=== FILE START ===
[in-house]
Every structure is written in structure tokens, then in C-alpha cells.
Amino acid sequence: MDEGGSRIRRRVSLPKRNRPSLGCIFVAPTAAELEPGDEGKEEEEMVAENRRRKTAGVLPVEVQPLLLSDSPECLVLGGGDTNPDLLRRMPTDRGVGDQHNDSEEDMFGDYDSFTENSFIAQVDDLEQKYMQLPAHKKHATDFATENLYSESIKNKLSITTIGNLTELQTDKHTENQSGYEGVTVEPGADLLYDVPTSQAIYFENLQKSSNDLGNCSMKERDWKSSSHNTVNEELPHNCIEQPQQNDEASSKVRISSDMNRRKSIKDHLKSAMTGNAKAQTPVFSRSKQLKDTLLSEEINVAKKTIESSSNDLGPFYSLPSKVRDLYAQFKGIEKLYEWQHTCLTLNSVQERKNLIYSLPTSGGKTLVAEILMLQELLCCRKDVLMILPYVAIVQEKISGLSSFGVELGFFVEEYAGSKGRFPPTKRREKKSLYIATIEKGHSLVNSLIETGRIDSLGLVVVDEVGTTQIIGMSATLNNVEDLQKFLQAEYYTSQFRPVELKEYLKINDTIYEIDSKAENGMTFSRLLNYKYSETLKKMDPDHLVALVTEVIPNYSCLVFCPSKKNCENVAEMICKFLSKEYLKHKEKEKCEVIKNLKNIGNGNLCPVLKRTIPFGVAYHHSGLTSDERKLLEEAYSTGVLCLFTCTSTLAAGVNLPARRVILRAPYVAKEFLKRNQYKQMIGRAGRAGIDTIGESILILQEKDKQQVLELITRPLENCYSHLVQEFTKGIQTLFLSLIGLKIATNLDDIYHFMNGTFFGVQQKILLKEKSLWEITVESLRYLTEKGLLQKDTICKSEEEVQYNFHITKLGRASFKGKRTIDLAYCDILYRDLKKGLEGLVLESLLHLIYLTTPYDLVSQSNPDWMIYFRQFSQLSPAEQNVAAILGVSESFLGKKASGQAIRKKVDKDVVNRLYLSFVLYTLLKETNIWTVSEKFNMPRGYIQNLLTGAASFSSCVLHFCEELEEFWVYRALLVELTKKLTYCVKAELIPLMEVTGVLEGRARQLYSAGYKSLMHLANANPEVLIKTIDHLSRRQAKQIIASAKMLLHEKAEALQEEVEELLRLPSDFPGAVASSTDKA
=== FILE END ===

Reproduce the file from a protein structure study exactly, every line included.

[in-house]
Every structure is written in structure tokens, then in C-alpha cells.
Amino acid sequence: MDEGGSRIRRRVSLPKRNRPSLGCIFVAPTAAELEPGDEGKEEEEMVAENRRRKTAGVLPVEVQPLLLSDSPECLVLGGGDTNPDLLRRMPTDRGVGDQHNDSEEDMFGDYDSFTENSFIAQVDDLEQKYMQLPAHKKHATDFATENLYSESIKNKLSITTIGNLTELQTDKHTENQSGYEGVTVEPGADLLYDVPTSQAIYFENLQKSSNDLGNCSMKERDWKSSSHNTVNEELPHNCIEQPQQNDEASSKVRISSDMNRRKSIKDHLKSAMTGNAKAQTPVFSRSKQLKDTLLSEEINVAKKTIESSSNDLGPFYSLPSKVRDLYAQFKGIEKLYEWQHTCLTLNSVQERKNLIYSLPTSGGKTLVAEILMLQELLCCRKDVLMILPYVAIVQEKISGLSSFGVELGFFVEEYAGSKGRFPPTKRREKKSLYIATIEKGHSLVNSLIETGRIDSLGLVVVDEVGTTQIIGMSATLNNVEDLQKFLQAEYYTSQFRPVELKEYLKINDTIYEIDSKAENGMTFSRLLNYKYSETLKKMDPDHLVALVTEVIPNYSCLVFCPSKKNCENVAEMICKFLSKEYLKHKEKEKCEVIKNLKNIGNGNLCPVLKRTIPFGVAYHHSGLTSDERKLLEEAYSTGVLCLFTCTSTLAAGVNLPARRVILRAPYVAKEFLKRNQYKQMIGRAGRAGIDTIGESILILQEKDKQQVLELITRPLENCYSHLVQEFTKGIQTLFLSLIGLKIATNLDDIYHFMNGTFFGVQQKILLKEKSLWEITVESLRYLTEKGLLQKDTICKSEEEVQYNFHITKLGRASFKGKRTIDLAYCDILYRDLKKGLEGLVLESLLHLIYLTTPYDLVSQSNPDWMIYFRQFSQLSPAEQNVAAILGVSESFLGKKASGQAIRKKVDKDVVNRLYLSFVLYTLLKETNIWTVSEKFNMPRGYIQNLLTGAASFSSCVLHFCEELEEFWVYRALLVELTKKLTYCVKAELIPLMEVTGVLEGRARQLYSAGYKSLMHLANANPEVLIKTIDHLSRRQAKQIIASAKMLLHEKAEALQEEVEELLRLPSDFPGAVASSTDKA